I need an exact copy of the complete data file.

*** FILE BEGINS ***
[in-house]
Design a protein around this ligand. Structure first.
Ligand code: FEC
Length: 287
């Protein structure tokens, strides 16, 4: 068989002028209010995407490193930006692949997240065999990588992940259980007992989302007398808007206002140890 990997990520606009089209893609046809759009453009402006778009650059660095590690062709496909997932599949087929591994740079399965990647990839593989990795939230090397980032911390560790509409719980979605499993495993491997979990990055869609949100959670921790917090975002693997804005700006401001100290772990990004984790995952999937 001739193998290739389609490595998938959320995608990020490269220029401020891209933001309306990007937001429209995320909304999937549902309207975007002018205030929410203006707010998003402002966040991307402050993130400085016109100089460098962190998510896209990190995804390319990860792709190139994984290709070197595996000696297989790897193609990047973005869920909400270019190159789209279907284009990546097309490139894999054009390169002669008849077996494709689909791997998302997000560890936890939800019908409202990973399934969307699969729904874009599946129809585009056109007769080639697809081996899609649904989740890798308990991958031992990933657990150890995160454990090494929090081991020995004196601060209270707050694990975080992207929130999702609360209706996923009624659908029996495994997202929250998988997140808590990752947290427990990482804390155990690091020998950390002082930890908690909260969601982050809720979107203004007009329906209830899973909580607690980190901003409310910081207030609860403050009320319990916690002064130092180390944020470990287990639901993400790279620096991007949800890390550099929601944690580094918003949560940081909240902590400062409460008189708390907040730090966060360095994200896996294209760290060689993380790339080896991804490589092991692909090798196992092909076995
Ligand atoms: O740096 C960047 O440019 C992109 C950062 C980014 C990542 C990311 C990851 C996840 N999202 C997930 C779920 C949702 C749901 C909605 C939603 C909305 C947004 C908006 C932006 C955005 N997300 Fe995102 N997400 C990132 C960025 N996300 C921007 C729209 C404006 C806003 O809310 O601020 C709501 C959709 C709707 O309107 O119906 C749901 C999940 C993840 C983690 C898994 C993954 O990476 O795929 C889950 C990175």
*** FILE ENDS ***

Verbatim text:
[in-house]
Design a protein around this ligand. Structure first.
Ligand code: FEC
Length: 287
């Protein structure tokens, strides 16, 4: 068989002028209010995407490193930006692949997240065999990588992940259980007992989302007398808007206002140890 990997990520606009089209893609046809759009453009402006778009650059660095590690062709496909997932599949087929591994740079399965990647990839593989990795939230090397980032911390560790509409719980979605499993495993491997979990990055869609949100959670921790917090975002693997804005700006401001100290772990990004984790995952999937 001739193998290739389609490595998938959320995608990020490269220029401020891209933001309306990007937001429209995320909304999937549902309207975007002018205030929410203006707010998003402002966040991307402050993130400085016109100089460098962190998510896209990190995804390319990860792709190139994984290709070197595996000696297989790897193609990047973005869920909400270019190159789209279907284009990546097309490139894999054009390169002669008849077996494709689909791997998302997000560890936890939800019908409202990973399934969307699969729904874009599946129809585009056109007769080639697809081996899609649904989740890798308990991958031992990933657990150890995160454990090494929090081991020995004196601060209270707050694990975080992207929130999702609360209706996923009624659908029996495994997202929250998988997140808590990752947290427990990482804390155990690091020998950390002082930890908690909260969601982050809720979107203004007009329906209830899973909580607690980190901003409310910081207030609860403050009320319990916690002064130092180390944020470990287990639901993400790279620096991007949800890390550099929601944690580094918003949560940081909240902590400062409460008189708390907040730090966060360095994200896996294209760290060689993380790339080896991804490589092991692909090798196992092909076995
Ligand atoms: O740096 C960047 O440019 C992109 C950062 C980014 C990542 C990311 C990851 C996840 N999202 C997930 C779920 C949702 C749901 C909605 C939603 C909305 C947004 C908006 C932006 C955005 N997300 Fe995102 N997400 C990132 C960025 N996300 C921007 C729209 C404006 C806003 O809310 O601020 C709501 C959709 C709707 O309107 O119906 C749901 C999940 C993840 C983690 C898994 C993954 O990476 O795929 C889950 C990175």